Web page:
March 4, 2010, - 12:55 pm
There’s a new battlefield in the war to defend the Second Amendment right to keep and bear arms. And it’s at the stores in which you shop.
Gun control advocates from the Brady Campaign are targeting stores and businesses that abide by state open carry laws. They’re waging war against stores that allow patrons to carry their weapons in states in which the law allows that. And they’re giving businesses “no weapons” signs to post.
But, thankfully, most large, national businesses are smarter than that. And it’s not about ideology. It’s about the bottom line. If you don’t allow people to carry guns who are licensed or otherwise legally allowed to do so under the law, you’re angering a lot of potential and longtime customers. And, especially in this economy, most businesses can’t afford to be left-wing Big Brother. Unfortunately, “most businesses” don’t include Peet’s Coffee and Tea and California Pizza Kitchen, which won’t allow guns in their stores. These businesses DO respect the Second Amendment and allow guns in states where its legal: Starbucks, Wal-Mart, Home Depot, Best Buy, and Barnes & Noble.
I applaud these businesses for doing so, even if it’s a marketing decision. After all, there are plenty of lefties who won’t shop these places and will go to places like Peet’s instead. It’s sad that the gun control people have chosen to wage this kind of war. Do they really believe that criminals illegally carrying guns are going to obey the Peet’s policy of no guns? And would you want to patronize a place that not only doesn’t respect #2 on the Bill of Rights, but where you are possibly unsafe and definitely unable to defend yourself against malefactors with guns? But ya know who isn’t applauding Starbucks’ decision to allow guns? Its workers union. Figures.
Starbucks Corp. and some other chain stores in the U.S. are finding themselves caught in the middle of a firearms debate, as gun-control advocates go up against a burgeoning campaign by gun owners to carry holstered pistols in public places.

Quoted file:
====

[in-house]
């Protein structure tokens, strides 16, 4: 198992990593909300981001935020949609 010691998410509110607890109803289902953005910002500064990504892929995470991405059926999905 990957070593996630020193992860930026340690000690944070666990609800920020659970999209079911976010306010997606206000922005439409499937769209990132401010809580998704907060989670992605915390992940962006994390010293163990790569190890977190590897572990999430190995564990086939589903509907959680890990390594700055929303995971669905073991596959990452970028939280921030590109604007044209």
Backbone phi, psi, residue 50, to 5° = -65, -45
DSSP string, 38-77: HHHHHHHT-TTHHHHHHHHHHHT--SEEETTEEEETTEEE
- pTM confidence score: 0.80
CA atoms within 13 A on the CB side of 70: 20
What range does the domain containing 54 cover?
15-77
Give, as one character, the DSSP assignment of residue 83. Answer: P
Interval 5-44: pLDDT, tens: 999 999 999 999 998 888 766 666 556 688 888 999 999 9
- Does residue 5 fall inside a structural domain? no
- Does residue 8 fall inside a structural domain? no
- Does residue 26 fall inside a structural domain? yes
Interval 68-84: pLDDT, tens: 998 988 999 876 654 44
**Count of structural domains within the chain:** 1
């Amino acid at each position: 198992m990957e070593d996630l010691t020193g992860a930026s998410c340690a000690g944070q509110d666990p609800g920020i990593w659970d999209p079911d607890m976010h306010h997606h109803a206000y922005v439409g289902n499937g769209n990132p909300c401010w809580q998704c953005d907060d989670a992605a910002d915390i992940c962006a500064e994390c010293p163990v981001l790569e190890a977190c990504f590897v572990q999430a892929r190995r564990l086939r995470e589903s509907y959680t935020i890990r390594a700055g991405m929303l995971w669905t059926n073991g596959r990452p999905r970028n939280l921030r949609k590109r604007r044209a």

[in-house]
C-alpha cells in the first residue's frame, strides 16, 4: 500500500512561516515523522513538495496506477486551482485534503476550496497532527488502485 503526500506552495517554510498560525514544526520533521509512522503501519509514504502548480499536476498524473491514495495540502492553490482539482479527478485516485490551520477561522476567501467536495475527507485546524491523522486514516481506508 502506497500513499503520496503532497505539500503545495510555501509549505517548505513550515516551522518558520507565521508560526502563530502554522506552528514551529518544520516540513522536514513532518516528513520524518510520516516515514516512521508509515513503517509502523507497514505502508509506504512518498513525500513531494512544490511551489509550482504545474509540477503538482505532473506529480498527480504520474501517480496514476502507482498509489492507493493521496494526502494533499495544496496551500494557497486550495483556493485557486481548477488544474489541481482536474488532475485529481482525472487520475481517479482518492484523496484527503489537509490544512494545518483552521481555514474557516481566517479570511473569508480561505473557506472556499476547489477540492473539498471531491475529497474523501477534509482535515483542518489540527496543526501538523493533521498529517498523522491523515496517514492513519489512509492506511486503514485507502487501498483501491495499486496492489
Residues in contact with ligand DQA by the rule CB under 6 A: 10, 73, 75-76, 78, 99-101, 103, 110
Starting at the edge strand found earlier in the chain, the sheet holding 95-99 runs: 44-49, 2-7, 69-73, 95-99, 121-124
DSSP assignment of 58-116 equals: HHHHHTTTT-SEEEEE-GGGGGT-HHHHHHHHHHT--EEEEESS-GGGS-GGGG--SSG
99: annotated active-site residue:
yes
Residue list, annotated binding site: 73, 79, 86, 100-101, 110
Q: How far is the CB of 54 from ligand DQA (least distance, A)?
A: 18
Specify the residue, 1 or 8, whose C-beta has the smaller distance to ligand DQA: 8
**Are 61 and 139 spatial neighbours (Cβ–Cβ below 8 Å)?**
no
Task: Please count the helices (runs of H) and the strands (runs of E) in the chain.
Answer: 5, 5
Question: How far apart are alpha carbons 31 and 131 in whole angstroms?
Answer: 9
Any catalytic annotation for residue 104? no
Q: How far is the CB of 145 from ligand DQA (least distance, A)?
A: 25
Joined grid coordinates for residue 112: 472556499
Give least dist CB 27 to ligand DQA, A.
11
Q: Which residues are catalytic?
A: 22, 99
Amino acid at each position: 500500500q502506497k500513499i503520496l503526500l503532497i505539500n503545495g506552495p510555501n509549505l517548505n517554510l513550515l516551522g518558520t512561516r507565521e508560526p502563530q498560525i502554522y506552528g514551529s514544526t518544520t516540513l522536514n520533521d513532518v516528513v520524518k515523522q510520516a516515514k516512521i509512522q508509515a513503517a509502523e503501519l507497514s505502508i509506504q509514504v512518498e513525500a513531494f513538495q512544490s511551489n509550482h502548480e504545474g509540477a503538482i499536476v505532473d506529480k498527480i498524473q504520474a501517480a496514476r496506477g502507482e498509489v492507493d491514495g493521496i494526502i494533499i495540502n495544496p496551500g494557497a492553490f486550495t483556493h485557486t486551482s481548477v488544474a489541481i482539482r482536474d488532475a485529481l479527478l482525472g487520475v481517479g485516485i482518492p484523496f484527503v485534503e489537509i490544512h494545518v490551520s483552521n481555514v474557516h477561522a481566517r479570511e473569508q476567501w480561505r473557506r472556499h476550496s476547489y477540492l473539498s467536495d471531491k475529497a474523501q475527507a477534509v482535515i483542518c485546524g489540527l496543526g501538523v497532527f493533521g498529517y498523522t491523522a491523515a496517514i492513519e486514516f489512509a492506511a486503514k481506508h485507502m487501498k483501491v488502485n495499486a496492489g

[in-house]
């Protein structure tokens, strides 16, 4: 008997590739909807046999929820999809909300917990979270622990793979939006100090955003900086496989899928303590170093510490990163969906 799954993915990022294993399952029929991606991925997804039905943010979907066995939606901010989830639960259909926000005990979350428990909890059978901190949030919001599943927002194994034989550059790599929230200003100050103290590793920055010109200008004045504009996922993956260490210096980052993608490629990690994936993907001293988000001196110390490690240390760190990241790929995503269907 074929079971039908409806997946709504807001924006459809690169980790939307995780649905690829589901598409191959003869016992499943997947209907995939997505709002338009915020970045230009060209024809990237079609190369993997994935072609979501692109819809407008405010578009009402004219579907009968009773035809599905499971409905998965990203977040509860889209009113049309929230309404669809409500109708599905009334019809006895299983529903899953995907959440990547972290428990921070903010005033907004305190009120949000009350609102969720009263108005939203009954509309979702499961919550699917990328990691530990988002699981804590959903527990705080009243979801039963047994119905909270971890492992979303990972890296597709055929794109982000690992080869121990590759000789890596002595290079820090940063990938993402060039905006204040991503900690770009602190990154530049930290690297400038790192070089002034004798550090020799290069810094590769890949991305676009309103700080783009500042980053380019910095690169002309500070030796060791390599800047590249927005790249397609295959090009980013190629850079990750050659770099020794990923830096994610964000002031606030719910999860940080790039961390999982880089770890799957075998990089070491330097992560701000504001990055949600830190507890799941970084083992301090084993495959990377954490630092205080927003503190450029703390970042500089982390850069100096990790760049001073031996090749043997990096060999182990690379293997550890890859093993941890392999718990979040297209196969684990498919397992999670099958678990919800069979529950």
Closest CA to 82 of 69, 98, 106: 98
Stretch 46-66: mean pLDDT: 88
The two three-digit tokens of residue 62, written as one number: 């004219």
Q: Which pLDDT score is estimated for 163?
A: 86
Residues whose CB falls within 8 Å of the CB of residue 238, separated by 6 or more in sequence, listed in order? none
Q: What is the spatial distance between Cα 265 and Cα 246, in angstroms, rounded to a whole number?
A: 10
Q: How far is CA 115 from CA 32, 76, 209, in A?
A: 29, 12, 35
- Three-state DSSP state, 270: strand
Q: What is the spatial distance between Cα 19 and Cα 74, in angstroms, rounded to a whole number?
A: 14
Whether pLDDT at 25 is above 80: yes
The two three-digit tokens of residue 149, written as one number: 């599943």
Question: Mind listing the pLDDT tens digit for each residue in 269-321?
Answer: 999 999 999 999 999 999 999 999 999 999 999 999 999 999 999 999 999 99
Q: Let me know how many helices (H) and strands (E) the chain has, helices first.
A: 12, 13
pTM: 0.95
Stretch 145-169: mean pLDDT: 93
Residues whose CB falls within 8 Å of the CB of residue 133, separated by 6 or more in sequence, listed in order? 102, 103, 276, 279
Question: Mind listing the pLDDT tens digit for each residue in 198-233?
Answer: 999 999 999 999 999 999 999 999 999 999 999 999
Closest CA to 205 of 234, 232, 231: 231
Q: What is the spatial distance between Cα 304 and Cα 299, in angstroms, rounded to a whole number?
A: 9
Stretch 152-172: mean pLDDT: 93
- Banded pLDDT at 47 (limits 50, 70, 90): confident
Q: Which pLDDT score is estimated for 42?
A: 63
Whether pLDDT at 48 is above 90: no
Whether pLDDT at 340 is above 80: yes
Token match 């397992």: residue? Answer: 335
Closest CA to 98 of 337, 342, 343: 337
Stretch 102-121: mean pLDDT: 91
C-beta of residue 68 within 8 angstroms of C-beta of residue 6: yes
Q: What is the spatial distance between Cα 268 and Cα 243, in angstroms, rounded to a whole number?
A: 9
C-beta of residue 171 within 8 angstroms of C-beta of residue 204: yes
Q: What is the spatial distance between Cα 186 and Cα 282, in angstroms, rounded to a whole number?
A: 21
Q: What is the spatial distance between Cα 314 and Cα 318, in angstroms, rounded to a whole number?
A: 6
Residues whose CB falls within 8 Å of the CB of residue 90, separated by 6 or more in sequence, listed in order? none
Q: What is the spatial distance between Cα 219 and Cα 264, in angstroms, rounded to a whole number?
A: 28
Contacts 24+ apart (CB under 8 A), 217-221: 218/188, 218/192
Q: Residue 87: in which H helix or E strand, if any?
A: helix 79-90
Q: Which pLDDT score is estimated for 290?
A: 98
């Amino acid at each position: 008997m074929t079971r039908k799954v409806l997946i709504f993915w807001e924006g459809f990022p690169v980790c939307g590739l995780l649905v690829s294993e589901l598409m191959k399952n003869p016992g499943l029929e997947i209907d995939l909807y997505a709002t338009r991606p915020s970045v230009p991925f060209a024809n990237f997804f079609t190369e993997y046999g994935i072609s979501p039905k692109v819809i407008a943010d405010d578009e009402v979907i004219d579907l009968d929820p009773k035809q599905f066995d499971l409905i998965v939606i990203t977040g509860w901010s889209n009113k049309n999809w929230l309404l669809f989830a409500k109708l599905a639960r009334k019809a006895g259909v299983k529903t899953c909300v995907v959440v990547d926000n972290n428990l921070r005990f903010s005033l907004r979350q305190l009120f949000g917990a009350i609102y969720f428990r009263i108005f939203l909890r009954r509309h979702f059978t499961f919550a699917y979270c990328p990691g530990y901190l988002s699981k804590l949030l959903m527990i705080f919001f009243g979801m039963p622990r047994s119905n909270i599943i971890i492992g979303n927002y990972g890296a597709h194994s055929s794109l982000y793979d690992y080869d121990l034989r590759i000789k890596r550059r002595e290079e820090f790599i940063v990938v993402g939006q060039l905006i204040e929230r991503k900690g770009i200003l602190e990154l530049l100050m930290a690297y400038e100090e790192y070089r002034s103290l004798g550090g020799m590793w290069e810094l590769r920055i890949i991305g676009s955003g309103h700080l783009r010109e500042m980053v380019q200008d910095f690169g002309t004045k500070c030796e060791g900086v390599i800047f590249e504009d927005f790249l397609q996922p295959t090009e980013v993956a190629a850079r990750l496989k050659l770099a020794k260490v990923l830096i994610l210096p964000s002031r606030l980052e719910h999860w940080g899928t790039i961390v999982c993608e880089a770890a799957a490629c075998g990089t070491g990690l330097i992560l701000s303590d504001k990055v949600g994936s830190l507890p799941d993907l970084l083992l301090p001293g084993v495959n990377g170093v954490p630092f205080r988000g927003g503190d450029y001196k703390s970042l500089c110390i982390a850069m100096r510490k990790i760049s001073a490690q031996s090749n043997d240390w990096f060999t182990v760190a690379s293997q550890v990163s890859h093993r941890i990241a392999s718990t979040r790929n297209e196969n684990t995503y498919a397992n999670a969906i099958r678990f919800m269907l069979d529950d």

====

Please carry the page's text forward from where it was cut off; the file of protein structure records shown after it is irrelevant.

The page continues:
The “open carry” movement, in which gun owners carry unconcealed handguns as they go about their everyday business, is loosely organized around the country but has been gaining traction in recent months. Gun-control advocates have been pushing to quash the movement, including by petitioning the Starbucks coffee chain to ban guns on its premises.
Businesses have the final say on their property. But the ones that don’t opt to ban guns—such as Starbucks—have become parade grounds of sorts for open-carry advocates.
Starbucks on Wednesday, while bemoaning being thrust into the debate, defended its long-standing policy of complying with state open-carry weapons laws, in part by stating that its baristas, or “partners,” could be harmed if the stores were to ban guns. The chain said that in the 43 states where open carry is legal, it has about 4,970 company-operated stores.
The company added: “The political, policy and legal debates around these issues belong in the legislatures and courts, not in our stores.” . . .
Some chains have banned guns from their restaurants, even in open-carry states, because of the impact it could have on non-gun-carrying customers.
“We are concerned that the open display of firearms would be particularly disturbing to children and their parents,” said a spokesperson for the California Pizza Kitchen restaurant chain.
Hmmm . . . I’d bet it would be even more “particularly disturbing to children and their parents” to be held hostage by a criminal with a gun and unable to get away because no law abiding citizens with guns were allowed in.
A Peet’s Coffee & Tea spokesperson said that while the firm “respects and values all individuals’ rights…our policy is not to allow customers carrying firearms in our stores or on our outdoor seating premises unless they are uniformed or identified law enforcement officers.” . . .
Indeed, not all baristas agree that the Starbucks policy protects them. “I think the policy shows complete disregard for the safety and sentiments of their workers. The only thing worse than a yuppie upset with how their frappuccino turned out is a yuppie with a gun who’s unhappy with how their frappuccino turned out,” says Erik Forman, a Starbucks barista and union member in Minneapolis.
The IWW Starbucks Workers Union on Wednesday issued a statement, saying “We appreciate the vigorous debate taking place by principled individuals on both sides of this issue. However, to date we are not aware of any efforts by Starbucks to widely engage its workers who are directly affected by open-carry gun laws. We believe an appropriate solution cannot be reached without doing so.”
Um, Erik, the only thing worse than someone upset about his/her coffee, is an innocent customer who is shot by a criminal upset about his/her coffee or seeking to rob the place . . . because customers weren’t allowed to carry guns into the store and were unable to protect themselves, dying needlessly.
Tags: Barnes & Noble, Best Buy, Brady Campaign, California Pizza Kitchen, gun control, guns, Home Depot, No guns, No guns allowed, open carry, Peet's Coffee & Tea, Peet's Coffee and Tea, public carry, Right to Keep and Bear Arms, Second Amendment, Starbucks, Wal-Mart